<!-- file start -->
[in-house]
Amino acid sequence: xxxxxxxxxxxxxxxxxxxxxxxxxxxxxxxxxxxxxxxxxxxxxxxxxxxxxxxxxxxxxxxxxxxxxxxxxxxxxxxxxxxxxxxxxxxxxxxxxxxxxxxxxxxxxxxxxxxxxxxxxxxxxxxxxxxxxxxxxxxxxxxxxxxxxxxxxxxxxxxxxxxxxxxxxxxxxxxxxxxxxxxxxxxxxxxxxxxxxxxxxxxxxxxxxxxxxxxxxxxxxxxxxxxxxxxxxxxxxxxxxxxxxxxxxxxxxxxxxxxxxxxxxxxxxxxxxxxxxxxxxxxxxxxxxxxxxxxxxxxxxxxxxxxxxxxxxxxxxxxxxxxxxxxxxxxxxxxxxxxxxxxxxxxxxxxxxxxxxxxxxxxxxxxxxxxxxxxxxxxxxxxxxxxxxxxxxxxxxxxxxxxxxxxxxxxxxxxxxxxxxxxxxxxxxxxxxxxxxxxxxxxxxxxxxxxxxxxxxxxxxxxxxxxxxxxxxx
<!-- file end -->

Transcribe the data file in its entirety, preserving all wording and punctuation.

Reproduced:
[in-house]
Amino acid sequence: xxxxxxxxxxxxxxxxxxxxxxxxxxxxxxxxxxxxxxxxxxxxxxxxxxxxxxxxxxxxxxxxxxxxxxxxxxxxxxxxxxxxxxxxxxxxxxxxxxxxxxxxxxxxxxxxxxxxxxxxxxxxxxxxxxxxxxxxxxxxxxxxxxxxxxxxxxxxxxxxxxxxxxxxxxxxxxxxxxxxxxxxxxxxxxxxxxxxxxxxxxxxxxxxxxxxxxxxxxxxxxxxxxxxxxxxxxxxxxxxxxxxxxxxxxxxxxxxxxxxxxxxxxxxxxxxxxxxxxxxxxxxxxxxxxxxxxxxxxxxxxxxxxxxxxxxxxxxxxxxxxxxxxxxxxxxxxxxxxxxxxxxxxxxxxxxxxxxxxxxxxxxxxxxxxxxxxxxxxxxxxxxxxxxxxxxxxxxxxxxxxxxxxxxxxxxxxxxxxxxxxxxxxxxxxxxxxxxxxxxxxxxxxxxxxxxxxxxxxxxxxxxxxxxxxxxxx